In situations where consumer requests and preferences due to their diversity cannot be satisfied with standard products or the previous composition of sellers, differentiation strategies are applied. For successful differentiation, the company must study the requests, behavior, preferences of customers and their idea of the consumer value of the goods. After that, the company adds to its product or service consumer properties that are most valuable from the point of view of buyers, and at their expense creates a clear difference from the product or service of competitors. Competitive advantage will appear when new properties of the product attract a sufficient number of buyers. The more buyers appreciate these differentiating properties, the stronger their commitment to the company’s products and, accordingly, its competitive advantage. Therefore, the strategy of differentiation is to offer the consumer a product with unique consumer properties and maintain this uniqueness for a long time.
Successful differentiation allows the company to: assign a higher price to its product or service and / or increase sales (the distinctive consumer properties of the product attract additional customers), and / or increase the level of customer loyalty to its brand (some buyers highly appreciate the additional consumer properties of the product).
Differentiation is successful if it provides an increase in sales revenues, i.e. costs for it are covered by increasing the price of updated and changed goods. Differentiation is unsuccessful if buyers do not consider the additional properties of the product sufficient to prefer it to the goods of competitors, and also if the methods of differentiation are easily copied by competitors.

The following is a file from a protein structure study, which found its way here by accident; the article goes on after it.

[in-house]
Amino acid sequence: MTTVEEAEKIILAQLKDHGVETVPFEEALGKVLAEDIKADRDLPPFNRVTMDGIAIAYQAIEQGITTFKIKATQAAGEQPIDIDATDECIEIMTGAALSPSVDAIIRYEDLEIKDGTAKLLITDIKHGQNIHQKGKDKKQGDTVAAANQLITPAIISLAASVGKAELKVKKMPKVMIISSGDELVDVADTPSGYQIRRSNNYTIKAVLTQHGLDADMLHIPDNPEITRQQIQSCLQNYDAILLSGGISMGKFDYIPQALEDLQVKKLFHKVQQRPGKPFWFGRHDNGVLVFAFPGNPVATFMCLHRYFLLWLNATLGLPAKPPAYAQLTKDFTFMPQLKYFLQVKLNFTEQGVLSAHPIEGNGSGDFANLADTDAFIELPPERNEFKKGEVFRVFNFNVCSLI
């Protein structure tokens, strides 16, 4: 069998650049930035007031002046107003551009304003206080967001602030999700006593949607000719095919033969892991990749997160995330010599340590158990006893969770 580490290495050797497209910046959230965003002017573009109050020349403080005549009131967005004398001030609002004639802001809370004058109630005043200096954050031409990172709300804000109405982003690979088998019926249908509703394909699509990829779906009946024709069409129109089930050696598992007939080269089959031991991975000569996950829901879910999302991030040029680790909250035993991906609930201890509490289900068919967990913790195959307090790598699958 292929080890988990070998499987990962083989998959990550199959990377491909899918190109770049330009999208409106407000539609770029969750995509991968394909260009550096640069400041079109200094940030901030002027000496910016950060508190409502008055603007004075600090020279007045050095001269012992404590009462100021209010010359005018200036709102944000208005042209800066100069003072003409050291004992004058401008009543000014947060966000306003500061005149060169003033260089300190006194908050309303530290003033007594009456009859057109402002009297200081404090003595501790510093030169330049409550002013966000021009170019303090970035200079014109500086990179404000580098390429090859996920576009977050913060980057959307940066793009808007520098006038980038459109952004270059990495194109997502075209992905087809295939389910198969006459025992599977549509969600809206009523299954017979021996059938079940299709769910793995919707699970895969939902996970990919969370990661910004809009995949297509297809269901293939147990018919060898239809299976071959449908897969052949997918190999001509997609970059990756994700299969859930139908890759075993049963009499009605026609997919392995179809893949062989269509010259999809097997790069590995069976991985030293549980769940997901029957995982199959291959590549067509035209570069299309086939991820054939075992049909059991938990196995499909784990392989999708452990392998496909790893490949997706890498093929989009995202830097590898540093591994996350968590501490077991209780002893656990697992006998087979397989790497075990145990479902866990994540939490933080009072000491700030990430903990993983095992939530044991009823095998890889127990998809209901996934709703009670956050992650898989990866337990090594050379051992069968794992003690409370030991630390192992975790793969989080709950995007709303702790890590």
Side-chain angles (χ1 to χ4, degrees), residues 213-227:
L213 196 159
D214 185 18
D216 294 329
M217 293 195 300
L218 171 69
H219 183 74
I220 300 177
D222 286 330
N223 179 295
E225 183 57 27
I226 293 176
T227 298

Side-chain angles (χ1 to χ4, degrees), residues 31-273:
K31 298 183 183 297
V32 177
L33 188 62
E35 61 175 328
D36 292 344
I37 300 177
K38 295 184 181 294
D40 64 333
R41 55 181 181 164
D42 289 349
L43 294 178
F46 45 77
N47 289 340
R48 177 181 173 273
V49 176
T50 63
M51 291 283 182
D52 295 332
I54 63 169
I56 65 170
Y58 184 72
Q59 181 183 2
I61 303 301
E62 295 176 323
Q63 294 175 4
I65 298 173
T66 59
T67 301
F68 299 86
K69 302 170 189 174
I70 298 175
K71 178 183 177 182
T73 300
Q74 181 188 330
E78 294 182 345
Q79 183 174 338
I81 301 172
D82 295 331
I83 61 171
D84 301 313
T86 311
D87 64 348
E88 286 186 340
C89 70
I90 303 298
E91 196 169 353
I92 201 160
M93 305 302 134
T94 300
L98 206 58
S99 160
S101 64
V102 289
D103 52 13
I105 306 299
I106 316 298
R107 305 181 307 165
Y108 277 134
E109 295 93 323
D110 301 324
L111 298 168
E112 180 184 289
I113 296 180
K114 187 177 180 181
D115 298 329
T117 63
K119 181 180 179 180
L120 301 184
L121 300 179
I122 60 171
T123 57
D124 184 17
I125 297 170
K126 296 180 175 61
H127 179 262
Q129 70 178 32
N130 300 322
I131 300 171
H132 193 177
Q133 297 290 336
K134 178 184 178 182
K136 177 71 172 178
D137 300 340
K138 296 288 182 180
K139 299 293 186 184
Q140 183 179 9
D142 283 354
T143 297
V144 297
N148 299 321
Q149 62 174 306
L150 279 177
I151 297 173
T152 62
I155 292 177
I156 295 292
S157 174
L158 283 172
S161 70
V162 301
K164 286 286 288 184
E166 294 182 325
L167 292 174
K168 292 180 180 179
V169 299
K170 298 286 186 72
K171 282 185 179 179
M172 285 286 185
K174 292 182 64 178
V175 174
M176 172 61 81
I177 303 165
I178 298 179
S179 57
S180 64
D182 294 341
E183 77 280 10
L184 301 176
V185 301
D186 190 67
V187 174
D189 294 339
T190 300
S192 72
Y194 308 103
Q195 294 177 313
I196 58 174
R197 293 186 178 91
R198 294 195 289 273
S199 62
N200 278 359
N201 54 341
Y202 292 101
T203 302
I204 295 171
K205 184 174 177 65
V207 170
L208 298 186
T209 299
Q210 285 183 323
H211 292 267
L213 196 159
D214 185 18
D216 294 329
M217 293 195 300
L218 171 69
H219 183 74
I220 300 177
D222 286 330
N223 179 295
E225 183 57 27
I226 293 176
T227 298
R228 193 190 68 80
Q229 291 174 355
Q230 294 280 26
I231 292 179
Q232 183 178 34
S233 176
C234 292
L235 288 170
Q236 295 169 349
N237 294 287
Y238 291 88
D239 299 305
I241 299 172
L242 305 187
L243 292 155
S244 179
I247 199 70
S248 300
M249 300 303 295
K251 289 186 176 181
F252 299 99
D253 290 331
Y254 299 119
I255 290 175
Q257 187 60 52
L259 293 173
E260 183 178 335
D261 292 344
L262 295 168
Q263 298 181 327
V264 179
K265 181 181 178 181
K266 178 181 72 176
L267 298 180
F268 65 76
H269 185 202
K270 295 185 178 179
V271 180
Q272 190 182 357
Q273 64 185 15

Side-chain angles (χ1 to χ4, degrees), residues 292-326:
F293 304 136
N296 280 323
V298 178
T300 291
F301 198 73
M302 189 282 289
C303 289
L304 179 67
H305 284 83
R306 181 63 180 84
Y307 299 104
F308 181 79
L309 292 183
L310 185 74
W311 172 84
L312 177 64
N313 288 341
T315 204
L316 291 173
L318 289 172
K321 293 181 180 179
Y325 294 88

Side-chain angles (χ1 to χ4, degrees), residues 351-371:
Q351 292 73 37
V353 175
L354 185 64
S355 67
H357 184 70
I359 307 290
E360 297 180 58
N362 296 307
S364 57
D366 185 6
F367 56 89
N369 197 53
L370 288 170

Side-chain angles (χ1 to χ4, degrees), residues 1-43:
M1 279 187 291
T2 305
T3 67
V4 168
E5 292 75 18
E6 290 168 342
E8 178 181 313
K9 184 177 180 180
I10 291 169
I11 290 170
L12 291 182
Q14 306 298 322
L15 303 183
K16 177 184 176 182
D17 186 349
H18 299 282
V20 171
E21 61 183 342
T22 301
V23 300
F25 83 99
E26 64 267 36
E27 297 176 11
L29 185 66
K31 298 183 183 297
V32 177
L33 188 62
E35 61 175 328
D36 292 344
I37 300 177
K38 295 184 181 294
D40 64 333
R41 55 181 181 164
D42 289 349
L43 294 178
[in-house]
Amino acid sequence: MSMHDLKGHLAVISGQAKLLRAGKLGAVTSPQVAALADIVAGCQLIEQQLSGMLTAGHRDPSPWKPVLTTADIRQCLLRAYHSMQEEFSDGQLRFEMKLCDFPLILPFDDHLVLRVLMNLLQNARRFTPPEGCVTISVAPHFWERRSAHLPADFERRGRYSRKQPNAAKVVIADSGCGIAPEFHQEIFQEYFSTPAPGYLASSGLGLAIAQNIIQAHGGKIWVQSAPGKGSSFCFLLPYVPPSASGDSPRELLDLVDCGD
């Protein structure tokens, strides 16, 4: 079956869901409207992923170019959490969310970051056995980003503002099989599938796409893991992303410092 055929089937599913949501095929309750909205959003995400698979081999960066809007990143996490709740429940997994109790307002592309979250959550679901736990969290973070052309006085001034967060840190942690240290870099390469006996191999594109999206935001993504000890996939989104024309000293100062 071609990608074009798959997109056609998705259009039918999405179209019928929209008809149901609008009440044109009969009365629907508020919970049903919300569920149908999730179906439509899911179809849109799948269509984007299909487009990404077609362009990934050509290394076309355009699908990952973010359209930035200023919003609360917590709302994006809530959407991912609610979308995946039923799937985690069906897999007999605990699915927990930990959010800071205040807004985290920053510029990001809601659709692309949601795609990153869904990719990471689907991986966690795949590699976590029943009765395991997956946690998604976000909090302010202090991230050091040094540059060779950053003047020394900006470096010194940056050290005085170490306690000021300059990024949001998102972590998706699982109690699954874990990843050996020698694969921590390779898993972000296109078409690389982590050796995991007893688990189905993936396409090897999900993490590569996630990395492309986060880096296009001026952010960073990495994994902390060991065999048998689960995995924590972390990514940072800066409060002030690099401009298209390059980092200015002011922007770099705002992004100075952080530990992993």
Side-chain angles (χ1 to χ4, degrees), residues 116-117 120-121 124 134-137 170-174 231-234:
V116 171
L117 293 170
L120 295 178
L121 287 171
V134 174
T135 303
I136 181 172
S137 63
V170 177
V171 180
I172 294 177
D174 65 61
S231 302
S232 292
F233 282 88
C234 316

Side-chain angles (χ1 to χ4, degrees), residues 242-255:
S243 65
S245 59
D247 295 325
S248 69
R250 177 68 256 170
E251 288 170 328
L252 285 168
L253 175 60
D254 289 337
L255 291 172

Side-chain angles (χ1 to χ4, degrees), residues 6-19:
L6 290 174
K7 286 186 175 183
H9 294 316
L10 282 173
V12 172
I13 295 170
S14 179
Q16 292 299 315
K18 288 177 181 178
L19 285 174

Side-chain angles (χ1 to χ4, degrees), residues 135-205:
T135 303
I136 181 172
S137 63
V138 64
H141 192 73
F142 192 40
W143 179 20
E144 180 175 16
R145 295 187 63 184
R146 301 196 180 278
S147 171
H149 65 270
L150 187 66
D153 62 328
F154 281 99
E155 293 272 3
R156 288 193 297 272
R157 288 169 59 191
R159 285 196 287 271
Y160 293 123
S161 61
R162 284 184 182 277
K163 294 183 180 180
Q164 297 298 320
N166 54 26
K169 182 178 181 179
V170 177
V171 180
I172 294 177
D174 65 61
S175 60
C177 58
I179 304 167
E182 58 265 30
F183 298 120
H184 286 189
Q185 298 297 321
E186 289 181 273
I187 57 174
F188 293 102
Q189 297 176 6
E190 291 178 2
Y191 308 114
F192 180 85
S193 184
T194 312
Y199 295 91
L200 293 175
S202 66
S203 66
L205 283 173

There are different ways to differentiate. Here are examples of some differentiating properties of goods and services: unique taste (Dr. Pepper, Listerine), a variety of consumer properties (Microsoft Windows, Microsoft Office), a large selection and simple purchase procedure (Note Depot, Amazon.com), a unique service (FedEx), urgent delivery of spare parts (Caterpillar), delivery of spare parts to any point in no more than 48 hours, in case of violation of the terms – delivery is free), increased consumer value at the same price (McDonald’s, Wal-Mart), unique design and finish (Mercedes. BMW), prestige and uniqueness (Rolex watches), reliability and safety (products for children Johnson & Johnson), quality of workmanship (Karastan carpets, Michelin tires, Honda cars), service (brokerage services charles Schwab), a wide range (Campbell soups), image and reputation (men’s clothing Ralph Lauren, goods for women Chanel, hotels Ritz-Carlton).
Product differentiation, which is easy to copy, does not provide a sustainable competitive advantage. The most promising opportunities for differentiation open up where it is difficult or too unprofitable for competitors to reproduce the company’s actions. A strong competitor will be able to reproduce almost any product or consumer property over time. If American Airlines offers a special program for frequent flyers, So can Delta; if Ford offers a 50,000-mile mileage guarantee for its vehicles, volkswagen and Nissan could take the same steps. Therefore, sustainable differentiation of the product is possible only on the basis of key competence, unique competitive capabilities and effective management of the company’s value chain. As a rule, a stable and profitable differentiation strategy is based on an innovative product, technical superiority, high reliability and product quality, developed service and unique competitive opportunities [15 p.167].